|Alma mater||Bryn Mawr College
Genevieve Bell is an Australian anthropologist and researcher. Born in Sydney, she is the director of Intel Corporation's Interaction and Experience Research and was the 15th Thinker in Residence in South Australia. In 2010, Bell was named as one of the top 25 women in technology to watch by AlwaysOn. In 2012, Bell was inducted to the Women In Technology International Hall of Fame.
Early life 
Genevieve Bell was born in Sydney and raised in a range of Australian communities, including Melbourne, Canberra, and in the Northern Territory. For college she moved to the United States where she attended Bryn Mawr College in the Philadelphia area. Bell graduated from Bryn Mawr in 1990 with a bachelor's degree in anthropology and then went on to attend Stanford University in Palo Alto, California, for graduate studies. In 1993, she earned her Master's degree from Stanford, followed by a Doctorate in 1998, both in Anthropology. She was also a lecturer at Stanford in the anthropology department.
Bell was a researcher at Stanford until she was hired by Intel Corporation in 1998. The company named her an Intel Fellow in November 2008 for her work in the Digital Home Group. She was based at one of the company's campuses in Hillsboro, Oregon, where she worked as a cultural anthropologist studying how different cultures around the globe used technology. In 2010, Intel made her the director of their new Interaction and Experience Research group. Also that year, she was named one of the top 25 women in technology to watch by AlwaysOn and as one of the 100 Most Creative People in Business by Fast Company. Bell is also a Thinker in Residence for South Australia.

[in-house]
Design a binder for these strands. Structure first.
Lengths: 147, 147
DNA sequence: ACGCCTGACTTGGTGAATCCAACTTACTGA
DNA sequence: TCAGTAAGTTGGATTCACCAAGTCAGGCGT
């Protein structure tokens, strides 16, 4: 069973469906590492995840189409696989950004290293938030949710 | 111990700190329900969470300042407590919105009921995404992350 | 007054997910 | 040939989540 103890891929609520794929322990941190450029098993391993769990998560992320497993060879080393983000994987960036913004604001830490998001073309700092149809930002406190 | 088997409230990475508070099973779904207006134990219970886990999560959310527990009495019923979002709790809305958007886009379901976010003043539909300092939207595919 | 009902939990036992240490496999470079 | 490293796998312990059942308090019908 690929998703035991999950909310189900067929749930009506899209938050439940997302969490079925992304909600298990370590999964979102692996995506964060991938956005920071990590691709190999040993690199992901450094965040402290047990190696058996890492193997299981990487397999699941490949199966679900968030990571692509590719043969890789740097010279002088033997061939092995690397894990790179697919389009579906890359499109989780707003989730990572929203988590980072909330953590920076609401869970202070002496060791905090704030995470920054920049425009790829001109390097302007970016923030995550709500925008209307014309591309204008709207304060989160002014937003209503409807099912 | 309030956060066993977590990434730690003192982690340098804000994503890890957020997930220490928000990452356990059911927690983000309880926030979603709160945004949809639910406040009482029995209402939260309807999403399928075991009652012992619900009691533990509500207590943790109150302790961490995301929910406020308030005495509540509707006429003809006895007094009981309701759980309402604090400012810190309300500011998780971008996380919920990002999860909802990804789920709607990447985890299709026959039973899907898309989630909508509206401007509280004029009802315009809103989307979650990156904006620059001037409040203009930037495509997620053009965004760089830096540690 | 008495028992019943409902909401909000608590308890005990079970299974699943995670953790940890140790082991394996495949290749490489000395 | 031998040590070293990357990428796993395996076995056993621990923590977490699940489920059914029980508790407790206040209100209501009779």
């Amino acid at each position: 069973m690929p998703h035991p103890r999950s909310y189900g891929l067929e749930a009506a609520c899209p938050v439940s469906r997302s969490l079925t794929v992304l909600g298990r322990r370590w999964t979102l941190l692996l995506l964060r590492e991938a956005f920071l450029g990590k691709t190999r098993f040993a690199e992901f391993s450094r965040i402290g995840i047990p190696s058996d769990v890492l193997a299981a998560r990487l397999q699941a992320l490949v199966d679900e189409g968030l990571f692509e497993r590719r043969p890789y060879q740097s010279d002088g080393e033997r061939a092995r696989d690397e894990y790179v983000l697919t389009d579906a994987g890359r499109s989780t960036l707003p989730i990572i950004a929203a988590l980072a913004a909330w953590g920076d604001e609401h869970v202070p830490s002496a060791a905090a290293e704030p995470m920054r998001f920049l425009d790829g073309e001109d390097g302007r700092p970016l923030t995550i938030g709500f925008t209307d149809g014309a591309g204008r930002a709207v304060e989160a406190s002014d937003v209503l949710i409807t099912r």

Her book, "Divining a Digital Future: Mess and Mythology in Ubiquitous Computing," written in collaboration with Paul Dourish, is an exploration of the social and cultural aspects of ubiquitous computing, with a particular focus on the disciplinary and methodological issues that have shaped the ubiquitous computing research agenda. The book was published by MIT Press in 2011.
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- Barnett, Megan (June 12, 2005). "Keeping An Eye On You". U.S. News & World Report.
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- Hoevel, Ann (July 13, 2010). "Geeks: Smart, harmless, authentic, exploited?". CNN. Retrieved 31 July 2010.
- Perkins, Tony (July 29, 2010). "The 2010 Top 25 Women in Tech to Watch". AlwaysOn. Retrieved 31 July 2010.
- MIT Press page for "Divining a Digital Future."
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